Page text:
ERC grantee mimics photosynthesis to increase further solar cells' efficiency
01 February 2012
Cover image of ERC grantee mimics photosynthesis to increase further solar cells' efficiency

The Sun provides a steady source of power that could make solar energy a sustainable alternative to conventional sources of energy, provided that technological advances can actually reduce energy production costs. Prof. Michael Grätzel modified the composition of dye-sensitized solar cells to significantly increase their efficiency, including for indoor use. His result laid the ground for paradigm shifts that could revolutionise solar cells technology.
Portrait: © Alain Herzog / EPFL image: The Swiss Tech Convention Center in Lausanne, Switzerland, featuring a glass façade made of dye sensitized solar cells to provide electric power to the building, © Alain Herzog / EPFL

A group of scientists in EPFL’s Laboratory of Photonics and Interfaces, under the leadership of ERC grantee Professor Michael Grätzel, working in collaboration with Professor Eric Diau from the National Chiao Tung University, Hsinchu in Taiwan has improved the efficiency of the famous Grätzel solar cells to 12.3%. This performance is now comparable to thin film silicon-based solar panels that are on the market today. The costs of using this technology have also slightly come down. The results of their research appeared in Science in November 2011.

Talking about his MESOLIGHT project at a scientific seminar organised at the ERC executive agency in June 2011, Prof Grätzel said: “The photovoltaic conversion of sunlight into electric power by mesoscopic solar cells could still greatly be improved. With the support of the ERC’s grant, I intend to increase their efficiency up to 15% by 2014”.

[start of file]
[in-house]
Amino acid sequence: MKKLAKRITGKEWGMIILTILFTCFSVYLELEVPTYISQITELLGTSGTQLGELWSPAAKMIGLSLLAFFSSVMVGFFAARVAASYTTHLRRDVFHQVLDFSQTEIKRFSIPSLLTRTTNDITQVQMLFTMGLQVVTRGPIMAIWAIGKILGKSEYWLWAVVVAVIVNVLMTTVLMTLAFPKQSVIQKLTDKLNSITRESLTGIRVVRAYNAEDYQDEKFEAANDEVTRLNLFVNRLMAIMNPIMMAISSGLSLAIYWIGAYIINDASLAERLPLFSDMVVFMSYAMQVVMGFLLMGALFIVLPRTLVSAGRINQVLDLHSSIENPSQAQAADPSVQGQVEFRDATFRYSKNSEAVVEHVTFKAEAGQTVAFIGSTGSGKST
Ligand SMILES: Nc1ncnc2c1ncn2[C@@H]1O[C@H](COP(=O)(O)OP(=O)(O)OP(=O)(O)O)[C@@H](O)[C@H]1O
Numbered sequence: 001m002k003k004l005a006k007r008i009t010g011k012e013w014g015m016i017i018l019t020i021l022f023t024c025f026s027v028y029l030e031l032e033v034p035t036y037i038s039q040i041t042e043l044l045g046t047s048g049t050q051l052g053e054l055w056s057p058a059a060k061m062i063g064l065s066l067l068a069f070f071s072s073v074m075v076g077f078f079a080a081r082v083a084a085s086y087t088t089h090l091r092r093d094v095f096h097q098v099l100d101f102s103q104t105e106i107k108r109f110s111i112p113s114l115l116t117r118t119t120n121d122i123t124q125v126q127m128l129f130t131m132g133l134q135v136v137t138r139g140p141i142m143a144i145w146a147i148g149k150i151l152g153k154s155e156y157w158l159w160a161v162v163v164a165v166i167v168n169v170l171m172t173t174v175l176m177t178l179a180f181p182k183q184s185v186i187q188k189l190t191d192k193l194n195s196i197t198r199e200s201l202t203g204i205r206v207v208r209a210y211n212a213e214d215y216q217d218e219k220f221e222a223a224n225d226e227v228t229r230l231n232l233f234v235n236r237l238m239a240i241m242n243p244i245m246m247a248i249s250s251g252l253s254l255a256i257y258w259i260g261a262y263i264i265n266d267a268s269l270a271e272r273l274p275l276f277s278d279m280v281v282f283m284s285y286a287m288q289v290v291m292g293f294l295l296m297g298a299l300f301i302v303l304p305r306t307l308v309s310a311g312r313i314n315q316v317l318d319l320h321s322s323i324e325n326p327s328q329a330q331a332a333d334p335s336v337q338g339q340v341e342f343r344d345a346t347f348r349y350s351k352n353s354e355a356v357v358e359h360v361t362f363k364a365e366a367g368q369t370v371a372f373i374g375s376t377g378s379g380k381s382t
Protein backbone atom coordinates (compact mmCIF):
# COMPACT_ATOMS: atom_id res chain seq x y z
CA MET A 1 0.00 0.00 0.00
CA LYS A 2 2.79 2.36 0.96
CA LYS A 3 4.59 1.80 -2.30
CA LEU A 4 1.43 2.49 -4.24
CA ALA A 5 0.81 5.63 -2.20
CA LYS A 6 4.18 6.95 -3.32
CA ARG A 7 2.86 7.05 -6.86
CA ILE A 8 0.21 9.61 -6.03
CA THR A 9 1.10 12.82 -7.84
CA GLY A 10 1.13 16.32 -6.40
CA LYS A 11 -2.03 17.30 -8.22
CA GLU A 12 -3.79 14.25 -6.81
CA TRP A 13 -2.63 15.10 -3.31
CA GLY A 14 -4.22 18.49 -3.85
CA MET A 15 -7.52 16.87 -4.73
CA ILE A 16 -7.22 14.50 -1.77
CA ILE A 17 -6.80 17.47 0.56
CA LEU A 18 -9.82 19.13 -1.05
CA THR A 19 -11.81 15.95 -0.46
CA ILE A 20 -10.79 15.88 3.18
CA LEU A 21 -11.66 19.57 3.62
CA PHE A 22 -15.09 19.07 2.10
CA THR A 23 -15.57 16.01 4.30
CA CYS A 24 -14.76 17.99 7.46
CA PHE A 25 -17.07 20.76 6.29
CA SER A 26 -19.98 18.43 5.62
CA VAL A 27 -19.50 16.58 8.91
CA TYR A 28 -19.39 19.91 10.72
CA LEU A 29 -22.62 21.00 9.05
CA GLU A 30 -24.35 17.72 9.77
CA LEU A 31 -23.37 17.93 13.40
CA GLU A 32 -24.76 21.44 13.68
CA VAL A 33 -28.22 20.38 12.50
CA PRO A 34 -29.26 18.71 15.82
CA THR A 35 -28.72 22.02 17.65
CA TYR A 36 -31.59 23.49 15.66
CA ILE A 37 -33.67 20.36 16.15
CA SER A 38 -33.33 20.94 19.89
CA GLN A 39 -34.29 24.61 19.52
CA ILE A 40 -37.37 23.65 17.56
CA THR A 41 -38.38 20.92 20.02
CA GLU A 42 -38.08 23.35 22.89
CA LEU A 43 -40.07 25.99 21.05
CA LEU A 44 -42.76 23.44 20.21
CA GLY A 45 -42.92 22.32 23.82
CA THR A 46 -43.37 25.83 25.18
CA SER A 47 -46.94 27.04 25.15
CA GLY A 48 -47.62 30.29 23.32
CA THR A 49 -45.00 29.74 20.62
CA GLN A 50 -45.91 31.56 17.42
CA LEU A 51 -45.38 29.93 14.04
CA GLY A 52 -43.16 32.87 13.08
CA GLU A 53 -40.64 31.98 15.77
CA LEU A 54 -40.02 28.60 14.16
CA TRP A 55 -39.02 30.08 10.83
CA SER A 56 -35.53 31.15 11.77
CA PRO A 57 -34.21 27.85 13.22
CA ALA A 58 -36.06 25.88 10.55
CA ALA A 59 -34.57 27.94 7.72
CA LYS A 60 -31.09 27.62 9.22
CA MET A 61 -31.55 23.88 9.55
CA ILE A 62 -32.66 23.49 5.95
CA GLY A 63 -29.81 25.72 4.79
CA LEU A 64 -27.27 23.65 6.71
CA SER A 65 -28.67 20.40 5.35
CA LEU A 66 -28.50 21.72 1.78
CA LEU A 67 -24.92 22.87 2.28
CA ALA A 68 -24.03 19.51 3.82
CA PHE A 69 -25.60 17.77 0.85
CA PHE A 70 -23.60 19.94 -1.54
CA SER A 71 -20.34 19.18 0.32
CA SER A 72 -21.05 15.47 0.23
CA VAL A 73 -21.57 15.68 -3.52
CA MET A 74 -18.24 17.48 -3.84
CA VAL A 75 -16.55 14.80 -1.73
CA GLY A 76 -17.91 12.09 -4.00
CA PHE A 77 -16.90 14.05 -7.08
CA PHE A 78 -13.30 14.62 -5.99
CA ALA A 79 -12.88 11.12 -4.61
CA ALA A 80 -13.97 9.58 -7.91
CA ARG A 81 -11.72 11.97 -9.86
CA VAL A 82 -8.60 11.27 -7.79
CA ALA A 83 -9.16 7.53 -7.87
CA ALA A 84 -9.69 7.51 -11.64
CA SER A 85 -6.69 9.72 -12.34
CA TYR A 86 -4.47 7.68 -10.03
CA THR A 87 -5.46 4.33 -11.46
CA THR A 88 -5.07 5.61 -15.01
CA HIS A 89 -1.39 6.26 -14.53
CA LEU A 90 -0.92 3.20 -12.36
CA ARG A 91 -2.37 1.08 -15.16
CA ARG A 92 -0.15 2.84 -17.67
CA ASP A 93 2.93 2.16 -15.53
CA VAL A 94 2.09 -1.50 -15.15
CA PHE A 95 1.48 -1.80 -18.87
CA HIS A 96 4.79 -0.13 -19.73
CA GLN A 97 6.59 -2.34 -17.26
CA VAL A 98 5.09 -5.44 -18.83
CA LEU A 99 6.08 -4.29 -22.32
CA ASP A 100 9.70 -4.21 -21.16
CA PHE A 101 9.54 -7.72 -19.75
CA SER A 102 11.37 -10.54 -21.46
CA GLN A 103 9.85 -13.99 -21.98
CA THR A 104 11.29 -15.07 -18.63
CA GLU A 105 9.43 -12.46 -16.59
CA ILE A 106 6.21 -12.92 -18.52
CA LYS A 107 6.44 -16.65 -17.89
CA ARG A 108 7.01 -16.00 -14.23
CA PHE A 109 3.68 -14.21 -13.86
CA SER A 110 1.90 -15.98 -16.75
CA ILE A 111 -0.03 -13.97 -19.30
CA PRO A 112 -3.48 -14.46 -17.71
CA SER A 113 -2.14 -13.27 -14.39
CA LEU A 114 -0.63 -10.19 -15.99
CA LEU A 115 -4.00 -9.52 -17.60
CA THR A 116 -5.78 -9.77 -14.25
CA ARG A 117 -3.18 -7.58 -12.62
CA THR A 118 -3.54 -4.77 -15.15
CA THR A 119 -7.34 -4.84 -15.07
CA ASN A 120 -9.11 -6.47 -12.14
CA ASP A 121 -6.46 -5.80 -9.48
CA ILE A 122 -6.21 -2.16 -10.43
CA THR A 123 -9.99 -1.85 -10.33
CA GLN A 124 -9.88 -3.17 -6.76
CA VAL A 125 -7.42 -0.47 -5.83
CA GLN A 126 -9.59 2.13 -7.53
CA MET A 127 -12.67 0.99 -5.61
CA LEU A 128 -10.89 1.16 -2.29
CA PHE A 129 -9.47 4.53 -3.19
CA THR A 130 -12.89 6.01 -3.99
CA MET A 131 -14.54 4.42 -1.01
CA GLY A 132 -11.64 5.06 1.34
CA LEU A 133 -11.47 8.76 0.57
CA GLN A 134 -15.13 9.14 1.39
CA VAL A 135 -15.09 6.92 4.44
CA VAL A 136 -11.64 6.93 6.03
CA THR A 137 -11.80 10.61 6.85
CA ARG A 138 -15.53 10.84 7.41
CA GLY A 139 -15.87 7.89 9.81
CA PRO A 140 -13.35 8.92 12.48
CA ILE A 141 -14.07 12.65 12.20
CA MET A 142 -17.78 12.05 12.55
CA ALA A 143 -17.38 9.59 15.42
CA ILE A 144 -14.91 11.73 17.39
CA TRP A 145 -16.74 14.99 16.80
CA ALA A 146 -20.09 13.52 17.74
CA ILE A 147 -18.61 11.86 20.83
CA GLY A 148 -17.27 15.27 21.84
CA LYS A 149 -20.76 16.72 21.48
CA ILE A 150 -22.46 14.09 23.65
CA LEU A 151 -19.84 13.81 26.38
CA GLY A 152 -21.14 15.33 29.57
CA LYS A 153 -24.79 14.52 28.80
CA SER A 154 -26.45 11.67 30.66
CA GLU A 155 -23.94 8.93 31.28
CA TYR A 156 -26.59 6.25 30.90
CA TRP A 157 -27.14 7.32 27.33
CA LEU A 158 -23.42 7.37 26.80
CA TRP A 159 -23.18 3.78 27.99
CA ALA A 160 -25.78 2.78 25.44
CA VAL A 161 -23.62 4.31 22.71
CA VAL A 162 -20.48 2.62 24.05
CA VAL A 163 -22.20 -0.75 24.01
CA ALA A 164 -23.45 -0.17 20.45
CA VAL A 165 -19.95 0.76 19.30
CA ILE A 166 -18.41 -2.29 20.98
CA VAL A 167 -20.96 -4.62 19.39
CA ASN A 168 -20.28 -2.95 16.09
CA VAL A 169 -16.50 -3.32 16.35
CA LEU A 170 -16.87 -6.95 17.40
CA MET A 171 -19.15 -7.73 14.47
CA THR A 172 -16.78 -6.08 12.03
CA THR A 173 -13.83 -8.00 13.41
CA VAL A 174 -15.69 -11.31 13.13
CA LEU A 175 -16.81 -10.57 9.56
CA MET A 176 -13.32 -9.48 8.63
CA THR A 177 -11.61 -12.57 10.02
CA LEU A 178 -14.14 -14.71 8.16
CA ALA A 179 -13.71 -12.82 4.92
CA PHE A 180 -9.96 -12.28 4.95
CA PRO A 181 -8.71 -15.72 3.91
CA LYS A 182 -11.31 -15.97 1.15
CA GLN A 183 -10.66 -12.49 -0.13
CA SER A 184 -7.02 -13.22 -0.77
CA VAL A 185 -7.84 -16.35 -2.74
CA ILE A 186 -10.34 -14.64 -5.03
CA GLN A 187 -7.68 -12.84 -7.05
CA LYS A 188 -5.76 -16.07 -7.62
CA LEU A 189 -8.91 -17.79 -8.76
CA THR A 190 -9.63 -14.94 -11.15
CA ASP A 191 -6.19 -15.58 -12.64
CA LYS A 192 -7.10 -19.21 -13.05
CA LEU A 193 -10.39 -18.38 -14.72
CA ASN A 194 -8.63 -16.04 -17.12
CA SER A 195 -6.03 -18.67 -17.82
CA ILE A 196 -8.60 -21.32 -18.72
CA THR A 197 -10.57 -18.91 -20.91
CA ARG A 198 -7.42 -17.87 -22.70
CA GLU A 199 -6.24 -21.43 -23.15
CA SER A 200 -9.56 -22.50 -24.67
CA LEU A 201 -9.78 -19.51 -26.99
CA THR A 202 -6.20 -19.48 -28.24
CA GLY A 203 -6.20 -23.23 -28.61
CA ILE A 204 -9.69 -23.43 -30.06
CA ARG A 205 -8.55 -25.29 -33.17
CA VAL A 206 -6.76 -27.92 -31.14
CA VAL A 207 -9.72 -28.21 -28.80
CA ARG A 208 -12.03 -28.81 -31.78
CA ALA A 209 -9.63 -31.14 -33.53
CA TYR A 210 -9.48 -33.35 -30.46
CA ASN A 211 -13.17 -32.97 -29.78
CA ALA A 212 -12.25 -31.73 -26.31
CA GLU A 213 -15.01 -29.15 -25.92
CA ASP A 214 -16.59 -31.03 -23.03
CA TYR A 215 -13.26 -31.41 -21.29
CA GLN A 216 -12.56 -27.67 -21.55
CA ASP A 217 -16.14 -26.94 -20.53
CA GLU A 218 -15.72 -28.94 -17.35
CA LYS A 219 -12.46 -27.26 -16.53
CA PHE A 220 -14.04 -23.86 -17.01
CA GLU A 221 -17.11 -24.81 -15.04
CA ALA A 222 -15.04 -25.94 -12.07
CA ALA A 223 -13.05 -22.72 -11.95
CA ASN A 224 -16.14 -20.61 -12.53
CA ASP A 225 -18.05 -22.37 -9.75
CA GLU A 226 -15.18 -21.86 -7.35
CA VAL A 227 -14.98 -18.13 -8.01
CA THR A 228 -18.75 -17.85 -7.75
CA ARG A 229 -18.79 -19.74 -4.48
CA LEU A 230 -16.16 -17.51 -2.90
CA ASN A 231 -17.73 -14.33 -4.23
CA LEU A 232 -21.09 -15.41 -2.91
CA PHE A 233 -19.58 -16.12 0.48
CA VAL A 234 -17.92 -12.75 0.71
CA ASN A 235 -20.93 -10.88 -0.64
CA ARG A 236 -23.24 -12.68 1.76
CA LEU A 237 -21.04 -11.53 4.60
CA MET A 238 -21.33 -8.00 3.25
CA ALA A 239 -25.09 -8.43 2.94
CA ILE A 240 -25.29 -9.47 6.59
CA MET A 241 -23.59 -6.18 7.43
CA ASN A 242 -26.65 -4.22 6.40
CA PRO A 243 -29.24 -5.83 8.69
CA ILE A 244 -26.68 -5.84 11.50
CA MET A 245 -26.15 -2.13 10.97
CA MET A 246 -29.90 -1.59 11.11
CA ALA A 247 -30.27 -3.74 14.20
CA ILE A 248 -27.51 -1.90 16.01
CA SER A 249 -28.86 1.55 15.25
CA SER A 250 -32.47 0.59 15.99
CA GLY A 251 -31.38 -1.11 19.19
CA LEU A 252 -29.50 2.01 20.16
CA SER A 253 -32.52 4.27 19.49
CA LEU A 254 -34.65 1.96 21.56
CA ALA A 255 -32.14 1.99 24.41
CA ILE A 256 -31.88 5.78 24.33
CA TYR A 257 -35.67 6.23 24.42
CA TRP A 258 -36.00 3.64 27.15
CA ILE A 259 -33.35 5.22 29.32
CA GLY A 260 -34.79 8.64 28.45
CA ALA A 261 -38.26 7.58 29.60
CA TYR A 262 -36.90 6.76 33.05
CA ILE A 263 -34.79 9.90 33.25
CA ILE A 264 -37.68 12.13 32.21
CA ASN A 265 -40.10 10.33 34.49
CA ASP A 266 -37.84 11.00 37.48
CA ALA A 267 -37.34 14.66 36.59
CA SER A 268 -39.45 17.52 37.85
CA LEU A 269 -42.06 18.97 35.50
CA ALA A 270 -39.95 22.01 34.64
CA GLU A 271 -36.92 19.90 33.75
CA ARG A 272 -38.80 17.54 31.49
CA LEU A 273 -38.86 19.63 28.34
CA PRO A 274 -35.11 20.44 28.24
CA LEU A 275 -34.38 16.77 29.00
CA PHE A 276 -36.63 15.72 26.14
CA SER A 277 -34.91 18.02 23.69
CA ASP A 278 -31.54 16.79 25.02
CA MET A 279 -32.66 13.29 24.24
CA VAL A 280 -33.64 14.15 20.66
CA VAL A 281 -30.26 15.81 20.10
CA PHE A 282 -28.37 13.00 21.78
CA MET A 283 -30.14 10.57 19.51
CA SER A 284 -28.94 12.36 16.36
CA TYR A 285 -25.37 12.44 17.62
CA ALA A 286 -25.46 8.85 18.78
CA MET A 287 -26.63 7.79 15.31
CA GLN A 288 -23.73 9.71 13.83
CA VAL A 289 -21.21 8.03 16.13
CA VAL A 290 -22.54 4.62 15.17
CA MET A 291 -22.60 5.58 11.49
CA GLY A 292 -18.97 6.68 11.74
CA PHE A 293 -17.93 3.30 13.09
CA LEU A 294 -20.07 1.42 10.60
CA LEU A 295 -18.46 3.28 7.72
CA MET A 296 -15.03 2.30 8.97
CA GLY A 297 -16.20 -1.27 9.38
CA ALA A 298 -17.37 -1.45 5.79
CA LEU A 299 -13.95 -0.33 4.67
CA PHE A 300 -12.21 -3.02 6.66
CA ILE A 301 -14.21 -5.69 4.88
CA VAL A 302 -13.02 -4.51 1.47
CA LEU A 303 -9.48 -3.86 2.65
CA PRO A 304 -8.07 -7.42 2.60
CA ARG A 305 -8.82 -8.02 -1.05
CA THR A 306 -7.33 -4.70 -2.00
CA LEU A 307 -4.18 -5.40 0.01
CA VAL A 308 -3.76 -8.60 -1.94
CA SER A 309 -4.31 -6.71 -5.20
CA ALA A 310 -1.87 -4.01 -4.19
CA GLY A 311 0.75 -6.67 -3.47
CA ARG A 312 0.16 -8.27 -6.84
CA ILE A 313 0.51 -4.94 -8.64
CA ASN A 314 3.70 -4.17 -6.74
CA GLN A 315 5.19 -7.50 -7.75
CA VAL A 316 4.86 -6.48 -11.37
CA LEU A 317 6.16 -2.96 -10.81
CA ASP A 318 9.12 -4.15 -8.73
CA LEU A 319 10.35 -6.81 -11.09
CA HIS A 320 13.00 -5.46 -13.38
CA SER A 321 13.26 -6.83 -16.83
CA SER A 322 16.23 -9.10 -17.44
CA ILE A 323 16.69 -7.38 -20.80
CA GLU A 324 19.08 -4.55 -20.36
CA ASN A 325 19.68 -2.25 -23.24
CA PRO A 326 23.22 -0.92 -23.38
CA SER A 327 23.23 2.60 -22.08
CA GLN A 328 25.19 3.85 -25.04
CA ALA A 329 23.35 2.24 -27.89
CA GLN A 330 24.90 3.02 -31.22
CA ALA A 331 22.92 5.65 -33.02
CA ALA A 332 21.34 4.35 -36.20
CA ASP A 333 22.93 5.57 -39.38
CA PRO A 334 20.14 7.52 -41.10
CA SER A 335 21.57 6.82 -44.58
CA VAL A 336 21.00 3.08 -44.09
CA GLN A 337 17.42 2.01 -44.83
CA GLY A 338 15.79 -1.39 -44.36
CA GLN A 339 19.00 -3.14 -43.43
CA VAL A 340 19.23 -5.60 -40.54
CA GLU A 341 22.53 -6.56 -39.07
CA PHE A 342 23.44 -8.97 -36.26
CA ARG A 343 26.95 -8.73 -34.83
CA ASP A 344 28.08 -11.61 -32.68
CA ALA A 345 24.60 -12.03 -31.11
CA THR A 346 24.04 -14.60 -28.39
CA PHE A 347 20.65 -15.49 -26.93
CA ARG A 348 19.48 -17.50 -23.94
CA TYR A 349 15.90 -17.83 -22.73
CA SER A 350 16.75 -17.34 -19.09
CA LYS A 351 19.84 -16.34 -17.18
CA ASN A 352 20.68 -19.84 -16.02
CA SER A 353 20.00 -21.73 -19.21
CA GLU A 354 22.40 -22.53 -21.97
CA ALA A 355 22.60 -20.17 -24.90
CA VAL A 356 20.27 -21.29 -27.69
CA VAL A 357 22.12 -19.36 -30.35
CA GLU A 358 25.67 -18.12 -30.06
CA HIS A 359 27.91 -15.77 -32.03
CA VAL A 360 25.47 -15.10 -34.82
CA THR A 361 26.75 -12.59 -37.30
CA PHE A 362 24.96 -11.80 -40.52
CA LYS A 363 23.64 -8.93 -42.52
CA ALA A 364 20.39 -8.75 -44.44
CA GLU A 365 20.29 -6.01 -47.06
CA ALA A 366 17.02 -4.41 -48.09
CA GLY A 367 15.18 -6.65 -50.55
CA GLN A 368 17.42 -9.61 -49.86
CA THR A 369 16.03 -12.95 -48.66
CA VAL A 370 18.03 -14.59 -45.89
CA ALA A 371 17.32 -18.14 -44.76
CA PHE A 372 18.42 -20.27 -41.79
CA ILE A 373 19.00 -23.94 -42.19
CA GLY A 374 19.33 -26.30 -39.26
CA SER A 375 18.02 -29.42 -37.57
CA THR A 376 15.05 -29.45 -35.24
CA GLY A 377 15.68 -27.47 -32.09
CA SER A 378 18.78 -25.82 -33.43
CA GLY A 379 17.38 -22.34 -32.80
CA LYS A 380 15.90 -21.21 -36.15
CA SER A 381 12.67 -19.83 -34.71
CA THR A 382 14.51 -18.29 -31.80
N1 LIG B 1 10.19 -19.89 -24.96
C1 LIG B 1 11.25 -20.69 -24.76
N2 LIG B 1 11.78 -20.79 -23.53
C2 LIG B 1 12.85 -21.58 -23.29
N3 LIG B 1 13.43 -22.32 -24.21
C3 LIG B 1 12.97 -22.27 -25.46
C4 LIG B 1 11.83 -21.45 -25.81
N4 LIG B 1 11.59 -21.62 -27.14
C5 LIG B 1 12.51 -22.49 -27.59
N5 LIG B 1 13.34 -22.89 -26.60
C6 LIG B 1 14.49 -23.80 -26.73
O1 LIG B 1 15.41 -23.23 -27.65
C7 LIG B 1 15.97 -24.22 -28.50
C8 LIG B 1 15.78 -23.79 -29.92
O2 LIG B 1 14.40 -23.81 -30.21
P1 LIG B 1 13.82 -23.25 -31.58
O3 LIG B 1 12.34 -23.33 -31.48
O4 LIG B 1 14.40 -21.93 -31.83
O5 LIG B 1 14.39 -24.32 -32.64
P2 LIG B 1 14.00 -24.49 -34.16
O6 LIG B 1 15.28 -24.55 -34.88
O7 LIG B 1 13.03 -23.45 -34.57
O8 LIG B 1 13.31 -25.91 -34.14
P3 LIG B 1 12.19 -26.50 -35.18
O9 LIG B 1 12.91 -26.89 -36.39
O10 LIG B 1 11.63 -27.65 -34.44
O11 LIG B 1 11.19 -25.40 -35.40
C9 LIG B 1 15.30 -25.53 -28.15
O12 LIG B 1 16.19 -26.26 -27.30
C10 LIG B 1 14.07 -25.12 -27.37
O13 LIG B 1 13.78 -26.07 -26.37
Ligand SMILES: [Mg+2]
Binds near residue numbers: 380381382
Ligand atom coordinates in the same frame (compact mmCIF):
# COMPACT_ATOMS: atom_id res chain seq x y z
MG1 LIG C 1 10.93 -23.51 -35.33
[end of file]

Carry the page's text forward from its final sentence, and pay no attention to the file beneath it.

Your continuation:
The challenge was to increase the efficiency of the dye-sensitized cells, in order to produce more electricity. To do this, the chemists replaced the standard dye components – ruthenium and iodine – with porphyrin (a component of chlorophyll) and cobalt. This combination allows them to increase the absorption of sunlight and results in a more efficient electron exchange. It is this exchange of electrons from the dye to the substrate that produces electricity.

Grätzel cells mimic the process of plant photosynthesis, and these new dye-sensitized cells take the imitation even closer -- the new chemical combination gives them a greenish tint. This color increases the efficiency of the process that converts light energy into electricity. To get the most out of the light coming from the sun, the cell absorbs the colors of the spectrum with the highest energies and rejects the rest, which includes the green wavelengths.

Grätzel cells can be used to create flexible as well as transparent solar panels. They are a promising alternative for certain applications in which traditional rigid, silicon-based panels cannot be used.

Prof Grätzel added: “The first commercial use of the flexible dye-sensitized solar cells is to power portable electronic devices on backpacks in an eco-friendly way, so that the electricity produced helps to recharge a battery on-the-go for instance. The impact of such research in the building industry could be significant if these fully transparent dye-sensitized solar cells are employed in glass facades as smart windows where people can see through, while the window would act as a sun to energy conversion system".

Commenting on the research results, Prof. Jens Rostrup-Nielsen, Member of the ERC's Scientific Council declared: “Today, conventional sources of energy are slowly being replaced by renewable energies such as solar energy. Solar energy is the most abundant sustainable energy source but the feasibility also depends on scientific progress to reduce the costs. I am confident that the work of Prof Grätzel will contribute to a more efficient utilization of solar energy”. He added: “I am happy to see that the European Research Council is funding this type of research which has potential applications in many sectors of activities including in developing countries, and is thus contributing in pushing this alternative source of energy on the market”.

In addition, this new efficiency benchmark brings them well within the efficiency range of silicon cells: the theoretical maximum efficiency of Grätzel cells is 32%, compared with 28% for silicon.

Project information

Mesoscopic Junctions for Light Energy Harvesting and Conversion
Michael Grätzel
Host institution:
Ecole Polytechnique Federale De Lausanne
Call details
ERC-2009-AdG, PE5
ERC Funding
2 046 000 €